• All of our students are rent-burdened. Many of them live on campus and pay more than 30% of their income toward rent. Some even pay more than 70%.
  • 1⁄3 of our students take out loans to support themselves.
  • 2⁄3 of our students have to hold additional employment outside of school to support themselves. Many international students do not even have such opportunities because of their immigration obligations.
  • All of our students who are parents do not have health insurance benefits for their children.

As faculty members, we are concerned with our students’ living conditions. A graduate student body that is financially distressed decreases the quality of our scholarship as well as our instruction. It also makes it difficult for us to recruit diverse and high-quality students. It is our hope that the UC system will address these concerns of our graduate student workers, who have provided us with an immeasurable amount of labor for which we are very grateful.

With best regards,

Roland Betancourt, Professor, Art History
Matthew Canepa, Professor, Art History
Seungyeon Gabrielle Jung, Assistant Professor, Art History


Dear Dean Miller:

We in the Visual Studies program came to UC Irvine to pursue lifelong learning with a desire to contribute to academic scholarship. However, instead of focusing on our academic aspirations, we find ourselves struggling to make ends meet. Although the ongoing global pandemic is certainly one of the causes, this shared struggle among all cohorts (both before and during the pandemic) proves that there is a larger issue at the administrative level. Three years ago, many of us had voiced our support to our fellow students at UC Santa Cruz who were facing a housing crisis. At UC Irvine, we are also facing the same issue.

Below are some facts about students in the Visual Studies program:

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  • All of the students who are tenants are rent-burdened. We spend more than 30% of our income to pay rent, while some of us even pay more than 70%.
  • 1/3 of us took out loans to support themselves in this PhD program.
  • Nearly half of us still have outstanding debts from our previous degrees.
  • 2/3 of us hold additional employment outside the school to pay our bills. International students do not even have such opportunities.
  • Our current health insurance does not extend to our dependents and the childcare reimbursement ($367/month) is far behind on the costs of childcare services that UC offers (APPENDIX A), creating extra financial burden on students who are parents.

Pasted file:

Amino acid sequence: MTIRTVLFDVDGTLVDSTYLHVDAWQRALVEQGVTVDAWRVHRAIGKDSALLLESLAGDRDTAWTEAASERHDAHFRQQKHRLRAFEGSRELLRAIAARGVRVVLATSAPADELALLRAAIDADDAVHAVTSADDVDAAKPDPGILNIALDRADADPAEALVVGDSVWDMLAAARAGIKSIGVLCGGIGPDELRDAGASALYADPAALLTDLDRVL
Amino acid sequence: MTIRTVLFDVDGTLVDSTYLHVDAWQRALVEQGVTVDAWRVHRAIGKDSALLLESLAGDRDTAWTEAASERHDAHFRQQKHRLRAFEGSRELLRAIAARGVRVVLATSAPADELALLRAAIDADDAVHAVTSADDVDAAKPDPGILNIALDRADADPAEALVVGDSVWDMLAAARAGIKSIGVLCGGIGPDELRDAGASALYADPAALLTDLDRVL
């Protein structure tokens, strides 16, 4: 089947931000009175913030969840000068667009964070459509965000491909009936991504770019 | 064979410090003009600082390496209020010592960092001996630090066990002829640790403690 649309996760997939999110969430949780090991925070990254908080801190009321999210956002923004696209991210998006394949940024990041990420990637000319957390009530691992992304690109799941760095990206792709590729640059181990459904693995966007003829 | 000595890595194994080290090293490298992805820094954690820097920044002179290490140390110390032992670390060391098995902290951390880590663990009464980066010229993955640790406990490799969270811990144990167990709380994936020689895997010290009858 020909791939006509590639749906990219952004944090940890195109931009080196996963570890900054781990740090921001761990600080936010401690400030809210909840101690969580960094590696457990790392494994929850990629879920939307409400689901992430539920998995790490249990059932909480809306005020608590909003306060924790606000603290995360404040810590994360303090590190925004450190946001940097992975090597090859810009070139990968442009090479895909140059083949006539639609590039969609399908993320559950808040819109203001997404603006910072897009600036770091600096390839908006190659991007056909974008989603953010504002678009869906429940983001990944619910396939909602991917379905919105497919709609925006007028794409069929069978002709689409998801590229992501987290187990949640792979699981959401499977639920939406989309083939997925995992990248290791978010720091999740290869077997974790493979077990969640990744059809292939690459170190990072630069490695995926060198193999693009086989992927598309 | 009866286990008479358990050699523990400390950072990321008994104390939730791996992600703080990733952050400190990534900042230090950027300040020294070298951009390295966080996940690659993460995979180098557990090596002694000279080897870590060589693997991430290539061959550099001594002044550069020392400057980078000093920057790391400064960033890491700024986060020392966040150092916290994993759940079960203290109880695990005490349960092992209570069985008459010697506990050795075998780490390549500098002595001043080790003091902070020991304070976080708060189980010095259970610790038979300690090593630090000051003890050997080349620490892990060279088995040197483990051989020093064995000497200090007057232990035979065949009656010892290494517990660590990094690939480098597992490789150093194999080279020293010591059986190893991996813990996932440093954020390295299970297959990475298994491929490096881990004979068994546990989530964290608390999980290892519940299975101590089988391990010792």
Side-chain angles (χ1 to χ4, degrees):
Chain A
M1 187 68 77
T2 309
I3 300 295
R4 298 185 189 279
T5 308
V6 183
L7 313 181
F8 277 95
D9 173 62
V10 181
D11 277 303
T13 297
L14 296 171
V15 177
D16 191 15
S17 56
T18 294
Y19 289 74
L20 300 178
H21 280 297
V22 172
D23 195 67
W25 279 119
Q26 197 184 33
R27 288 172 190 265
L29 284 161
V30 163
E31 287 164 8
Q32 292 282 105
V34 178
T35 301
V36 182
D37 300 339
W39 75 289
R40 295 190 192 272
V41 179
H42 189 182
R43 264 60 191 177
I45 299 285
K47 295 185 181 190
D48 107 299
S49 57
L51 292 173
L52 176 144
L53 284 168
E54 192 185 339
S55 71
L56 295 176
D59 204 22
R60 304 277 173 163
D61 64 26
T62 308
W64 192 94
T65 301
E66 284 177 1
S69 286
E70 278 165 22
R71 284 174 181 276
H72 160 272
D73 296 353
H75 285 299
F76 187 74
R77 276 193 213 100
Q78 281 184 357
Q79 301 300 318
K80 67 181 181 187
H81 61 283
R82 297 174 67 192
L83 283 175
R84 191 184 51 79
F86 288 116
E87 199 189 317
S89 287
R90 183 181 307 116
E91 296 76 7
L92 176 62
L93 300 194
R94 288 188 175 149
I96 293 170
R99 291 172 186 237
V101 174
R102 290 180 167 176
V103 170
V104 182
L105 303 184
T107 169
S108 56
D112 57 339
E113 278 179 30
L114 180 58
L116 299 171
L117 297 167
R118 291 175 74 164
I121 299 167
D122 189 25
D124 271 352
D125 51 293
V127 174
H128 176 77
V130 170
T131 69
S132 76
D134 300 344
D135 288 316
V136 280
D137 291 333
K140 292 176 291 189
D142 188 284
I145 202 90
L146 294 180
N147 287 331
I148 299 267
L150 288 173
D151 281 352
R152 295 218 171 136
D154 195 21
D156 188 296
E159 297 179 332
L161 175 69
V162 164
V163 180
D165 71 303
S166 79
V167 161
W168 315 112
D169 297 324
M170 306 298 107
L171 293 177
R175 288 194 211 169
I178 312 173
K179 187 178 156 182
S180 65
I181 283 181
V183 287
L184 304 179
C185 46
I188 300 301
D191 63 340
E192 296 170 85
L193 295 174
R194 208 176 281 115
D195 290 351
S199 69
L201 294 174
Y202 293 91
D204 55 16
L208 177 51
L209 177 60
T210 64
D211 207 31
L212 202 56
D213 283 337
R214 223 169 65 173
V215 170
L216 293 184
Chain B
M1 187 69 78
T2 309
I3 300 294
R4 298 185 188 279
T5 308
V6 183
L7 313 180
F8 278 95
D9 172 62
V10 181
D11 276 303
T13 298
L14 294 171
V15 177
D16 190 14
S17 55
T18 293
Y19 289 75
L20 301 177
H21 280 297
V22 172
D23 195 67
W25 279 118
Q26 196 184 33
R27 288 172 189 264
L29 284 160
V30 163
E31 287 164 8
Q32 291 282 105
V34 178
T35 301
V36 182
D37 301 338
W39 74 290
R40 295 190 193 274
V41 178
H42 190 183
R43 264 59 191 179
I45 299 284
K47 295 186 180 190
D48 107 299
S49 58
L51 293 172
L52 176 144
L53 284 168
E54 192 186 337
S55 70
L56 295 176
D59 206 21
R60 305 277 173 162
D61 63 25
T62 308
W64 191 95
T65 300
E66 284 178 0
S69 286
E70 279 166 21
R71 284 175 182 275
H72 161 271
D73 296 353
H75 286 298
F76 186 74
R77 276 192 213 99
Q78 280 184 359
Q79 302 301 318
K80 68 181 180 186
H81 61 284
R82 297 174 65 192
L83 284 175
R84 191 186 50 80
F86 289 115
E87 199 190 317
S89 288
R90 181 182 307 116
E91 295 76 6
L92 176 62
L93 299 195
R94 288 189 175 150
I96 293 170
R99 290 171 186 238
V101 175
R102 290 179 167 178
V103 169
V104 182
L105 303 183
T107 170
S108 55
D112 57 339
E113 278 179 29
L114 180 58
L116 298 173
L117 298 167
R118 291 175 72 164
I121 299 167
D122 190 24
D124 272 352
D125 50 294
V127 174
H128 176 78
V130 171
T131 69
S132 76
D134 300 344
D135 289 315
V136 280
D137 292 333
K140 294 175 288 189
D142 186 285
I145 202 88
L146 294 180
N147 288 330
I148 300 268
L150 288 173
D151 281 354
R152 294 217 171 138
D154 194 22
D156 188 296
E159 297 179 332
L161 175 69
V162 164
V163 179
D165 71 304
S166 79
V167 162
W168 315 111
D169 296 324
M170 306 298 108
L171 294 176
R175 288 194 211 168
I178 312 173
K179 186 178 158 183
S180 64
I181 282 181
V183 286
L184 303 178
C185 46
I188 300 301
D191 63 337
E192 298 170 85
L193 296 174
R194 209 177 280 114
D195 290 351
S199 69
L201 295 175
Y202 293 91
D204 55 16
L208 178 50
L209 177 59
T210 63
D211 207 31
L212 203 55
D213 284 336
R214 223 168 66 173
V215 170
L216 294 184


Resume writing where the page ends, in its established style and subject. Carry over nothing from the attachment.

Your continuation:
As graduate student workers, we contribute tremendously to the university yet our wages have not been adjusted to the cost of living both on- and off-campus. Our current financial package for graduate students is far behind the funding opportunities being offered by California institutions in competition with the UC system.1 While the lack of stable funding has been a subject for many years, the university has not made any actions to resolve the issue. At UC Irvine, the new graduate student housing project, Verano 8, does not provide a solution to the existing crisis but further exacerbates it. The rent exceeds far beyond the 30% threshold of what academic student employees currently earn. Furthermore, there are yet no options (let alone the affordable ones) for students who request accommodations. At the undergraduate level, the lack of housing spaces has also created a new crisis marking UC Irvine as an unaffordable institution with inequitable housing opportunities. Undergraduate and graduate students have been sharing tips on how to sleep safely in their cars at various parking lots across Irvine. This current status quo is substantiating an unacceptable learning and living environment.

In the most recent report on UC’s operational budget, the Office of the President (UCOP) claims that its priority is to ensure a higher education for the younger workforce in California, which has been reported to have a lower educational quality than the previous generations. As ASEs, we want to support the university’s mission and we believe the university can improve the quality of its services by providing ASEs a healthier and more equitable academic environment. In the most recent graduate student experience survey (UCGSES), the university asks us what kinds of topics we would like the university to prioritize in regard to attention and resources. Our answer is very clear: financial support. However, the university’s acknowledgement of our priorities is totally opposite to the university’s actions during the ongoing contract negotiation between our labor union, UAW, and UCOP. Since the beginning of our bargaining process (Spring 2022), the University did not only reject the most important demands but also engaged in a series of unlawful actions that jeopardize our status as a represented bargaining unit.2